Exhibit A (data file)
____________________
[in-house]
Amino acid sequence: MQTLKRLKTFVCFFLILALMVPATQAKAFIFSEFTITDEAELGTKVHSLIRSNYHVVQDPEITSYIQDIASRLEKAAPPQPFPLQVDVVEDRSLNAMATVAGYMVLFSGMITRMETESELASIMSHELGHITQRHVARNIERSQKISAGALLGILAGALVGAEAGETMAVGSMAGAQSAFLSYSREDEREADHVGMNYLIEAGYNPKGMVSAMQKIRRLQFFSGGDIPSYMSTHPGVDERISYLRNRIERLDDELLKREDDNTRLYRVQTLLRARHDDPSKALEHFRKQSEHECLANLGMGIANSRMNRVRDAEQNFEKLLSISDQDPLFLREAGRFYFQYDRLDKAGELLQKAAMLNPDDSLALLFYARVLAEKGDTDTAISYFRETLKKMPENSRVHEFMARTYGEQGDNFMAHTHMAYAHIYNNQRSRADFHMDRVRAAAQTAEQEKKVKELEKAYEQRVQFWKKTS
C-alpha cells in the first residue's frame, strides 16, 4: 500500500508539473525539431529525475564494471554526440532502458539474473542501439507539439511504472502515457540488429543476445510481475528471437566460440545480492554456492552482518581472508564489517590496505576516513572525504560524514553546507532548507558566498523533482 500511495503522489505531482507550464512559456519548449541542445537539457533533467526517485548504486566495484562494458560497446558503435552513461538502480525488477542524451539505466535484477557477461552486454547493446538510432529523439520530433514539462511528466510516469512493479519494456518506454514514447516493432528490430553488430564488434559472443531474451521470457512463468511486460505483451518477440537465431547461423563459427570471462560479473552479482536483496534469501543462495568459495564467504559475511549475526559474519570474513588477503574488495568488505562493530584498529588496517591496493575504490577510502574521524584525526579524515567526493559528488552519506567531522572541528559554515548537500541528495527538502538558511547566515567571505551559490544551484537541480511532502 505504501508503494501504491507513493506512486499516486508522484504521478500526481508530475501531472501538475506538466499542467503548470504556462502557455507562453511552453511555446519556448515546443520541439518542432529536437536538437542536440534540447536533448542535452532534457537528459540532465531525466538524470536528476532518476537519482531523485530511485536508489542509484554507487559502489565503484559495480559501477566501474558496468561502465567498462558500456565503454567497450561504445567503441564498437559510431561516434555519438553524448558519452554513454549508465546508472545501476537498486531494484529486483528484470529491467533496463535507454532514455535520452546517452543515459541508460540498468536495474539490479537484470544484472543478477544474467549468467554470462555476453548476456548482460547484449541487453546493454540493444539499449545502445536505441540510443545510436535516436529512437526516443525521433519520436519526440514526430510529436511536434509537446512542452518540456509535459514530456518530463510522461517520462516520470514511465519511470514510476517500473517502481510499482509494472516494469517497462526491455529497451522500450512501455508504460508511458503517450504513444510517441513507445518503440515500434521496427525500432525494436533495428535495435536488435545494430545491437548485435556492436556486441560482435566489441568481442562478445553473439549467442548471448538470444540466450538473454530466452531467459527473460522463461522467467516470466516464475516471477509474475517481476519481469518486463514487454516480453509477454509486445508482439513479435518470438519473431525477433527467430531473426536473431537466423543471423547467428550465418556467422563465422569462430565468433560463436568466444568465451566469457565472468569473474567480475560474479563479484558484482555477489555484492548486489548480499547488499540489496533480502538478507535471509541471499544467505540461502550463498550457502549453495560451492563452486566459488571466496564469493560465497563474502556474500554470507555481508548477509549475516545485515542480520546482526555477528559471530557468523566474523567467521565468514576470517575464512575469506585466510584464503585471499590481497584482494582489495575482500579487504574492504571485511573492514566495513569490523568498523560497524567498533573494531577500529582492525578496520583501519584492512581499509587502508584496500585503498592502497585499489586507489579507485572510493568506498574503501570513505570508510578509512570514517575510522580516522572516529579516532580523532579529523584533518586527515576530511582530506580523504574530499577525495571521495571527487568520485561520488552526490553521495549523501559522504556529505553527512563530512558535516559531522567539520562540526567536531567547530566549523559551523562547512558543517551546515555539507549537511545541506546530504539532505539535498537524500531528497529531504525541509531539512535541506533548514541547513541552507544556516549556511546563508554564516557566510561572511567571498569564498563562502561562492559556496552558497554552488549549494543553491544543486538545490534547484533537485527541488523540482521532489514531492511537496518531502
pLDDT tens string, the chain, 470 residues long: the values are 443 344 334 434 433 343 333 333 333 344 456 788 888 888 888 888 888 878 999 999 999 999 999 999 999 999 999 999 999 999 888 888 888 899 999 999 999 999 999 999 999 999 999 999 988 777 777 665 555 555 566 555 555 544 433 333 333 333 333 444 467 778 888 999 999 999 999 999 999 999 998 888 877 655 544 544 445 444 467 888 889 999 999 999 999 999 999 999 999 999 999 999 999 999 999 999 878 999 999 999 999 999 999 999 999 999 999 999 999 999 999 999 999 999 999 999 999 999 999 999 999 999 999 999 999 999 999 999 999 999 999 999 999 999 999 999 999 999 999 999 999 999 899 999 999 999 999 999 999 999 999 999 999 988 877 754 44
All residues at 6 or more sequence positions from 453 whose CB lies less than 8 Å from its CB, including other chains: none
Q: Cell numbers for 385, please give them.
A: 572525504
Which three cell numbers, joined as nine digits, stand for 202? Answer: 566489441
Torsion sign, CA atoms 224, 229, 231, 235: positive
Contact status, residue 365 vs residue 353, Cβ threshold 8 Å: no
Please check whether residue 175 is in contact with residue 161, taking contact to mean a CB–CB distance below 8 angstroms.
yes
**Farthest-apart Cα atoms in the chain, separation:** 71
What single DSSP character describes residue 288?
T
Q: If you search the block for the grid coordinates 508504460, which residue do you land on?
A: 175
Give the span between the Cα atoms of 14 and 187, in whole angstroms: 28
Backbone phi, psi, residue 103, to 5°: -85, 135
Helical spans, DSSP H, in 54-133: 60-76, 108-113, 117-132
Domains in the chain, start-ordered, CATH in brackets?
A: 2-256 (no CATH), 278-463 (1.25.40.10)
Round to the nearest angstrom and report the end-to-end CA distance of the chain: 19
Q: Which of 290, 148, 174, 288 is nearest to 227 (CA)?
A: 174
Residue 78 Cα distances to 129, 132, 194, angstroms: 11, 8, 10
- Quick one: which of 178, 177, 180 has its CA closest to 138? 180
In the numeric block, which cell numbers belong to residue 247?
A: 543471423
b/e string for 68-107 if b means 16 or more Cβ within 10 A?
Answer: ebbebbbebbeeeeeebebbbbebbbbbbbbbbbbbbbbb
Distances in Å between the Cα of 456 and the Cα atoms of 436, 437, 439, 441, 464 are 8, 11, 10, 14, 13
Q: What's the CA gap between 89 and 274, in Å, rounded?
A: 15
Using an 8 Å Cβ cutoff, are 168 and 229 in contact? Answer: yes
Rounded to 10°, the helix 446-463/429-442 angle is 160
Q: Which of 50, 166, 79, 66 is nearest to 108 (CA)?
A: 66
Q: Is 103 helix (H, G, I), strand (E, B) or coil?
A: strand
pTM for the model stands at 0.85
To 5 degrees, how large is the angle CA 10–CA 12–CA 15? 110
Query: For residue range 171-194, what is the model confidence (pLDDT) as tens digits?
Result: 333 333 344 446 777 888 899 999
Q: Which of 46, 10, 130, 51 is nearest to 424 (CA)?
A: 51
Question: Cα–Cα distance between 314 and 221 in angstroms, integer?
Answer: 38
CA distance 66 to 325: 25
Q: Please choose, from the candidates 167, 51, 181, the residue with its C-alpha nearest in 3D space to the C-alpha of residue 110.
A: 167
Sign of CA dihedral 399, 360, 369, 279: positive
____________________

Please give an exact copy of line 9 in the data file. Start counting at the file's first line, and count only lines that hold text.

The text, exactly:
Torsion sign, CA atoms 224, 229, 231, 235: positive